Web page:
2020 will mark the end of a decade and a fresh start into a new year and period. For the construction industry, many of the challenges wrestled with in 2019 will carry over into 2020. I predict, and many will agree, that these will and there will be a new one to add to the challenges facing the construction industry.
With spending for construction projected at $1.426 trillion in 2020 (6.3% increase) compared to $1.341 trillion in 2019 (1.5% increase from 2018), the rising costs continue with certain sectors feeling more impact and others getting a slight reprieve. Across construction, there are a few challenges that everyone will be facing.
While this has been a challenge for many years now, this is certain to be a tough hit to many contractors.
Construction robotics is helping to relieve the pressure for some contractors who are embracing construction technology solutions. Those that aren’t will experience a greater impact and it is likely to affect their delivery timelines and profits.
Kiplinger released a by state overview of projects and projected employment rate growth by state and the strength of construction growth in each state. While most states will not be seeing a significant increase to employment rates the increase will only compound the challenge of finding skilled laborers.
Material Costs and Resources
It’s no secret that the cost of doing business is going up. In 2019, tariffs went into full effect and made it a challenge for contractors to guarantee material costs. Steel, aluminum, lumber and more have been impacted by the tariffs and this challenge will remain one in 2020. In addition, fuel costs, while leveling off, are always an area that contractors want to control since they can burn a lot while equipment and . These higher costs will make it difficult to make a profit—resulting in smaller margins.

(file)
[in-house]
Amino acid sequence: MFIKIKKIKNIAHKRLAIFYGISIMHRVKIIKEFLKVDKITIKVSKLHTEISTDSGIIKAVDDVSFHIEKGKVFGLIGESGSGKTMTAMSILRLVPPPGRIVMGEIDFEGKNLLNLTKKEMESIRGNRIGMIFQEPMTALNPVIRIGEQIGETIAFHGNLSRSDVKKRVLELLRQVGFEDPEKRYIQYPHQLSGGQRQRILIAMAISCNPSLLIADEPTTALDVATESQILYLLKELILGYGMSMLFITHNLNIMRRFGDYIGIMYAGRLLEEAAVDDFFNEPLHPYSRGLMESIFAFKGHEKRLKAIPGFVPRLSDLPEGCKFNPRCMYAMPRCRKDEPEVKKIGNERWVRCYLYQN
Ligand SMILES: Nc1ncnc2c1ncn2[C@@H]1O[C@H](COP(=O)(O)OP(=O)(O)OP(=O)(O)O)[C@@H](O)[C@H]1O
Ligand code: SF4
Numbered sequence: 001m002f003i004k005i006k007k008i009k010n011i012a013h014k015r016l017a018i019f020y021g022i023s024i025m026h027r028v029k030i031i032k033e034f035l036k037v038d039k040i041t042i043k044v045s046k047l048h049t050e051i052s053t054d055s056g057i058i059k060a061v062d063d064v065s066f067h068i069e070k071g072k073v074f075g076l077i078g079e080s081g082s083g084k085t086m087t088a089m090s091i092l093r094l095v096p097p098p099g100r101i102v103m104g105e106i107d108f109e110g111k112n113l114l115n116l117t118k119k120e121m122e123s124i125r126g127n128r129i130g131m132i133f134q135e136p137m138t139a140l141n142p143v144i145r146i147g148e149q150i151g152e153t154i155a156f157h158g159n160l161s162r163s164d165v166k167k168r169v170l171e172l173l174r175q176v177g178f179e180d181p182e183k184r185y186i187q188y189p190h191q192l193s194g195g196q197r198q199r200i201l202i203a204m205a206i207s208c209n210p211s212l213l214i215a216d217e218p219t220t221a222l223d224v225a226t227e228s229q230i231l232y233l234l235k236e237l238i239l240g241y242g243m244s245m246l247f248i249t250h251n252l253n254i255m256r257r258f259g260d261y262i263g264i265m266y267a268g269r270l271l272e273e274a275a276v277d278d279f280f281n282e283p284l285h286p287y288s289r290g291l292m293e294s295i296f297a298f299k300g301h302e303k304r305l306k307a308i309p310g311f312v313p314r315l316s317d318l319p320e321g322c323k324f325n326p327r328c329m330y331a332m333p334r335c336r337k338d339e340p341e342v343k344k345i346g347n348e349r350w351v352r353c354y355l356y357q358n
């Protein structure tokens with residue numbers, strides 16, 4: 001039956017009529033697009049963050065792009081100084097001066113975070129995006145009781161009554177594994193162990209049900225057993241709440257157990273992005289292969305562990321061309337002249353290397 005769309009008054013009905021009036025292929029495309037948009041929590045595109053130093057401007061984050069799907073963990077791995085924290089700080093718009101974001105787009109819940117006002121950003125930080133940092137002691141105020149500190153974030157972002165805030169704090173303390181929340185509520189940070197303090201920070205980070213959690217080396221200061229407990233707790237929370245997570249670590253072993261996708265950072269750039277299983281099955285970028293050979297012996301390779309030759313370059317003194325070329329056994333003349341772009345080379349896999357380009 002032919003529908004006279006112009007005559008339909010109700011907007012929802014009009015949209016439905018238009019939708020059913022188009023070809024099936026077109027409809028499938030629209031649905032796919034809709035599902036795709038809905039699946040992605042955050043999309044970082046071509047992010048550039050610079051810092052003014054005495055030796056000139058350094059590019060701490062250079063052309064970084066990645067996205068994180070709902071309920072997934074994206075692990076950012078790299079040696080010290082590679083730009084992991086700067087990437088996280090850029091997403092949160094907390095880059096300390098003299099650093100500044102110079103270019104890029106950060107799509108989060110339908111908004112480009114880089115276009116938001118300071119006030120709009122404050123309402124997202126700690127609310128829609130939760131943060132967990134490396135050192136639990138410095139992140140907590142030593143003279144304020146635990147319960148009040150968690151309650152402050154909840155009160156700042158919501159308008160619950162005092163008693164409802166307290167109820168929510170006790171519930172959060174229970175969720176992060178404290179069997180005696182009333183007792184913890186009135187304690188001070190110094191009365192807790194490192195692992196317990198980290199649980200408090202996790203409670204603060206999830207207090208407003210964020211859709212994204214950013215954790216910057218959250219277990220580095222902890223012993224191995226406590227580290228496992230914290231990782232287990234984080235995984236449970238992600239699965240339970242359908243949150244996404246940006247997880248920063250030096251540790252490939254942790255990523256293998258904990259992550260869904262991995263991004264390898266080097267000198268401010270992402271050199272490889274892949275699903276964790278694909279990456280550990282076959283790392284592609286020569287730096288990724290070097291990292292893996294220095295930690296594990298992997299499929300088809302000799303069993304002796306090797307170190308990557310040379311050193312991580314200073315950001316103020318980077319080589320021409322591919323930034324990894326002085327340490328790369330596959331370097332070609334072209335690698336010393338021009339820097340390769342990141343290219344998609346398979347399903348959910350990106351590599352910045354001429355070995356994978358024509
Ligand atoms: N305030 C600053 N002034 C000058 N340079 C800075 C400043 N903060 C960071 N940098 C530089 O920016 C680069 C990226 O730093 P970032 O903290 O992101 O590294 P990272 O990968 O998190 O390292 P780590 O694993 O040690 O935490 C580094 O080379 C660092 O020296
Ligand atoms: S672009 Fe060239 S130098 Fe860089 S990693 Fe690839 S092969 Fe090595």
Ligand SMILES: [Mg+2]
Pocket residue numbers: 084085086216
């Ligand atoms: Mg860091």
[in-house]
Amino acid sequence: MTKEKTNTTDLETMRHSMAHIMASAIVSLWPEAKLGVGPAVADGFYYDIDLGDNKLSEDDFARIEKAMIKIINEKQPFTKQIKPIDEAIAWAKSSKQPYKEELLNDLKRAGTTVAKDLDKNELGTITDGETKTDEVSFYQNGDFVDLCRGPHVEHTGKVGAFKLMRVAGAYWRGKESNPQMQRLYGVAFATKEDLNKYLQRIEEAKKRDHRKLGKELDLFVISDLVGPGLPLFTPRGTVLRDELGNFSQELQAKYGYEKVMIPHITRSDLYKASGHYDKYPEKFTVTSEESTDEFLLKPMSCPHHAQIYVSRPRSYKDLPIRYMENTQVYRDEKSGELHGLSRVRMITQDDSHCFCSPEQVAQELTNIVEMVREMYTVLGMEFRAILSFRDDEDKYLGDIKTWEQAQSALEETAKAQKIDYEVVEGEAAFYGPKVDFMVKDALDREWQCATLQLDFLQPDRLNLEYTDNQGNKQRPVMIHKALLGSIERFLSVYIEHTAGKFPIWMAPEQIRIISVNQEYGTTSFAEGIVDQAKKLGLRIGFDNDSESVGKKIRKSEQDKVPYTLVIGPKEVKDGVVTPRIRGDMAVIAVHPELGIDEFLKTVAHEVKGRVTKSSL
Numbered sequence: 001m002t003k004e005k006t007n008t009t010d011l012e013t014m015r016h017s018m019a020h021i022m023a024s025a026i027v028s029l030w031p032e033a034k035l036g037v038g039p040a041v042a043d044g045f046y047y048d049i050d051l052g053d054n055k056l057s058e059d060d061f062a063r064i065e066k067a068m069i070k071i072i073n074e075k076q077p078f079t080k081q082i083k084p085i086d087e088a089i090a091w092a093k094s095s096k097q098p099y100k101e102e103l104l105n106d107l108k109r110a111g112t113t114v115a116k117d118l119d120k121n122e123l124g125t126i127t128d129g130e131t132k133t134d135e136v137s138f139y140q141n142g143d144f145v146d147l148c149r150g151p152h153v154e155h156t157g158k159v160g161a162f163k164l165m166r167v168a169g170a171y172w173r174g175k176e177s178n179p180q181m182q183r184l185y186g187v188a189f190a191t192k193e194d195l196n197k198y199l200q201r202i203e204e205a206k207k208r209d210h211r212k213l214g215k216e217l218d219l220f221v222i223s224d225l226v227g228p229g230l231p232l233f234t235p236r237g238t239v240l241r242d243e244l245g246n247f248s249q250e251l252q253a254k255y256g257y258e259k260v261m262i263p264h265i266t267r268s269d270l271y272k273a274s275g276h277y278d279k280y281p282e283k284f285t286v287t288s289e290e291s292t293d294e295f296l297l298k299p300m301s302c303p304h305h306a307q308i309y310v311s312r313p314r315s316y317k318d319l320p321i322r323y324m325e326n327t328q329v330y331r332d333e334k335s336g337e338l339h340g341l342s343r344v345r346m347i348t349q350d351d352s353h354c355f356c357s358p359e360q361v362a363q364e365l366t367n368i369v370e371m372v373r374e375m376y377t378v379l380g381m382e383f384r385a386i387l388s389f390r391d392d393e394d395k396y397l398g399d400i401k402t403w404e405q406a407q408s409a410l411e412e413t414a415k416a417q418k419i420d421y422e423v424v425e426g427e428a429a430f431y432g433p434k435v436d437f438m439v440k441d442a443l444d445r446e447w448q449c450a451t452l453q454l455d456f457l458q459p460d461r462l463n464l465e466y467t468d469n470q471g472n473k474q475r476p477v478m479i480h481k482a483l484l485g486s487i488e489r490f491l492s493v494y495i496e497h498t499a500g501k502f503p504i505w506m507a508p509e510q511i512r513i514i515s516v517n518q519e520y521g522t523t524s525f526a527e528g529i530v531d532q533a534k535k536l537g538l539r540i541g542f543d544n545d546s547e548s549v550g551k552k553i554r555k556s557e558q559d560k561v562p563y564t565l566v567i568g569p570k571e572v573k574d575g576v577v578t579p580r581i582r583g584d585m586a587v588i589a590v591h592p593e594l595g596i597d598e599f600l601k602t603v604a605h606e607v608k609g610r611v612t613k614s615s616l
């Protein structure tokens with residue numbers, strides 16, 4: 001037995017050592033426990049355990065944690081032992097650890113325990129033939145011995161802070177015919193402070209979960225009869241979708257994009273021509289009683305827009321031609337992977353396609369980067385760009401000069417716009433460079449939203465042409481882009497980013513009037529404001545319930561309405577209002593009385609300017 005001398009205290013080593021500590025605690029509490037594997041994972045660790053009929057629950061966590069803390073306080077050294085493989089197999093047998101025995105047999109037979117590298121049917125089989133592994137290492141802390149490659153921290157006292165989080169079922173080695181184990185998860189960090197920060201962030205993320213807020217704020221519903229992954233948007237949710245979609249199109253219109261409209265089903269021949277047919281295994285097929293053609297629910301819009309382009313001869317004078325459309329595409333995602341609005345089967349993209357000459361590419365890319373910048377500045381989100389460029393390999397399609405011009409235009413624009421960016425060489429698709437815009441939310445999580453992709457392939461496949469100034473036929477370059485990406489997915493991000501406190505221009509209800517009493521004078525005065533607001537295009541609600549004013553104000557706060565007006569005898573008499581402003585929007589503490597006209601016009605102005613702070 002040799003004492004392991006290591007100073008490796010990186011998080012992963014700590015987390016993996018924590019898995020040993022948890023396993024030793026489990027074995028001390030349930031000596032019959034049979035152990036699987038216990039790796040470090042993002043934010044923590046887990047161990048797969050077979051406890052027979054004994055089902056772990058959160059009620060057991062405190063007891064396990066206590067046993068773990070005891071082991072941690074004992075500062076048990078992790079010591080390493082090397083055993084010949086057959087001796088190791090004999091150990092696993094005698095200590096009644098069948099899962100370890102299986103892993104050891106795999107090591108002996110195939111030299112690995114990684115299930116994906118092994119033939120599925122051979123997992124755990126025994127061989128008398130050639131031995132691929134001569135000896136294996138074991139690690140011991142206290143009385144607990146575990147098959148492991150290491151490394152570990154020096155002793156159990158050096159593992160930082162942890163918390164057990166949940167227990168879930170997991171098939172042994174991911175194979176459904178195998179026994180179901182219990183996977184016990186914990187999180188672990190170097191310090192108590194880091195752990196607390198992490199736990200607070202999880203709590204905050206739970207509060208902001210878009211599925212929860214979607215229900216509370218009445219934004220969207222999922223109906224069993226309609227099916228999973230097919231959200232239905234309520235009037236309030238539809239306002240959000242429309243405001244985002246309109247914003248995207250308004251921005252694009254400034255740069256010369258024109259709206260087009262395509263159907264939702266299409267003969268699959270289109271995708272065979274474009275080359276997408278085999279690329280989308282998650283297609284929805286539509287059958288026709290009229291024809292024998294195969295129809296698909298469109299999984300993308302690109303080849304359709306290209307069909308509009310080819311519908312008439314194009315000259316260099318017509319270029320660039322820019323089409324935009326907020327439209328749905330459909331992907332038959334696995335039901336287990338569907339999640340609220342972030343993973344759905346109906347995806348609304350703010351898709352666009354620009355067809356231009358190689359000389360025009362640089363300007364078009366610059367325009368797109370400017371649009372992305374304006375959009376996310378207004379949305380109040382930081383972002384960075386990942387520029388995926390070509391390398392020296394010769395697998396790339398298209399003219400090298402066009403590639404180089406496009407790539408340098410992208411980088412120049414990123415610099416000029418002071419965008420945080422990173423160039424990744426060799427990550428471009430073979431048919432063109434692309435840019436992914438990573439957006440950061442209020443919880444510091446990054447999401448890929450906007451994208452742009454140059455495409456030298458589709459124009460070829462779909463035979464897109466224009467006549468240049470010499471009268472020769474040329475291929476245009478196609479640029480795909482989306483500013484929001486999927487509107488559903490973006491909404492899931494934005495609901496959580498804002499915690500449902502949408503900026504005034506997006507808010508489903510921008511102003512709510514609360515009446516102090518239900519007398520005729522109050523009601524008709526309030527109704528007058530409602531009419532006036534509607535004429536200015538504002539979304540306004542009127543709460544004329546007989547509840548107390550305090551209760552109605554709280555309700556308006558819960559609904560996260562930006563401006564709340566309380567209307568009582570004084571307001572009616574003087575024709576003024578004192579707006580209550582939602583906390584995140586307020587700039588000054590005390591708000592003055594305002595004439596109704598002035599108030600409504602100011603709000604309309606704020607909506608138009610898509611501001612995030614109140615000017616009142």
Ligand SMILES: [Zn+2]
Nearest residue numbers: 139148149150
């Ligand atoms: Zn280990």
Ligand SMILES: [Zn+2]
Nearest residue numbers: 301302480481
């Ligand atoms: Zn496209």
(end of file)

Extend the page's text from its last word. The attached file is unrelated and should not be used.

Insurance Costs and Coverages
Insurance is for your projects, so it’s not a cost that can be cut. Even with all the planning, safety preparations and communication, the fact is that construction is a high-risk industry and unexpected things can happen.
Compare pricing on insurance policies for the best rate and coverage. Also, take a close look for the following three hidden exclusions that can hurt your business long term:
Your work—is your policy covering defective work or is it an exclusion? If it’s an exclusion, you are protected from this and it can cost you a lot of money down the road.
EIFS (External Insulation Finishing Systems)—this exclusion is typically very broad and unenforceable. While not present on all projects, this can be a huge risk if there are damages or injuries that happen on the site as the presence of EIFS could preclude insurance coverage.
Employer’s liability exclusion—while you may have worker’s compensation to handle your employees that may get injured, this doesn’t prevent you from being sued if you are believed to be at fault or negligent by other workers on the job. This exclusion means you can be sued as a third party which could mean a and no protection on your policy if it does happen.
Economists are projecting a for the US economy as a whole based on the NY Federal Reserve Forecast Model. While this doesn’t look to last long and as usual, construction may feel a residual effect their work backlog as public and private sectors will most likely tighten up spending and not put out projects for bid.